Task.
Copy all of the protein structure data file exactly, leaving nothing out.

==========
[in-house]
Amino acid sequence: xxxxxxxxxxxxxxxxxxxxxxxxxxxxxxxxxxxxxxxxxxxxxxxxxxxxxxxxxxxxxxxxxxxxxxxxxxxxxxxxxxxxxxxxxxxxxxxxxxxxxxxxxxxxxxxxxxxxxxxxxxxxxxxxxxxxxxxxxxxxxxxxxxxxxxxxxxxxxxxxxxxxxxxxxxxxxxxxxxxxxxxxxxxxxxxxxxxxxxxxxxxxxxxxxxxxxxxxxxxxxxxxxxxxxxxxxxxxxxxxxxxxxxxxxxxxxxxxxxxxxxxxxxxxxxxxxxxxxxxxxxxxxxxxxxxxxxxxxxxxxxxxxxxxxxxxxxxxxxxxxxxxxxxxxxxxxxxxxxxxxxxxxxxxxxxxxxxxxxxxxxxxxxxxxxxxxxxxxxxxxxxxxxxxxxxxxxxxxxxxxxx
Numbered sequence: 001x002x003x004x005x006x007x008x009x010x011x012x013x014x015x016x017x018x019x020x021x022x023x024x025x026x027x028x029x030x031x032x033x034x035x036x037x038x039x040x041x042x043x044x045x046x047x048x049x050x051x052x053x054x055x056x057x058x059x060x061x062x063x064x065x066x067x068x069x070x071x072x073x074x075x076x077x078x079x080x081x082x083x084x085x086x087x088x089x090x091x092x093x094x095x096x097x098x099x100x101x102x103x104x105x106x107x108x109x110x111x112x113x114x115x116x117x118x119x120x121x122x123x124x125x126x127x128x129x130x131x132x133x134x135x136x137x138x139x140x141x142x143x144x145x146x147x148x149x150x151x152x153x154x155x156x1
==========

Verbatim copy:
[in-house]
Amino acid sequence: xxxxxxxxxxxxxxxxxxxxxxxxxxxxxxxxxxxxxxxxxxxxxxxxxxxxxxxxxxxxxxxxxxxxxxxxxxxxxxxxxxxxxxxxxxxxxxxxxxxxxxxxxxxxxxxxxxxxxxxxxxxxxxxxxxxxxxxxxxxxxxxxxxxxxxxxxxxxxxxxxxxxxxxxxxxxxxxxxxxxxxxxxxxxxxxxxxxxxxxxxxxxxxxxxxxxxxxxxxxxxxxxxxxxxxxxxxxxxxxxxxxxxxxxxxxxxxxxxxxxxxxxxxxxxxxxxxxxxxxxxxxxxxxxxxxxxxxxxxxxxxxxxxxxxxxxxxxxxxxxxxxxxxxxxxxxxxxxxxxxxxxxxxxxxxxxxxxxxxxxxxxxxxxxxxxxxxxxxxxxxxxxxxxxxxxxxxxxxxxxxxx
Numbered sequence: 001x002x003x004x005x006x007x008x009x010x011x012x013x014x015x016x017x018x019x020x021x022x023x024x025x026x027x028x029x030x031x032x033x034x035x036x037x038x039x040x041x042x043x044x045x046x047x048x049x050x051x052x053x054x055x056x057x058x059x060x061x062x063x064x065x066x067x068x069x070x071x072x073x074x075x076x077x078x079x080x081x082x083x084x085x086x087x088x089x090x091x092x093x094x095x096x097x098x099x100x101x102x103x104x105x106x107x108x109x110x111x112x113x114x115x116x117x118x119x120x121x122x123x124x125x126x127x128x129x130x131x132x133x134x135x136x137x138x139x140x141x142x143x144x145x146x147x148x149x150x151x152x153x154x155x156x1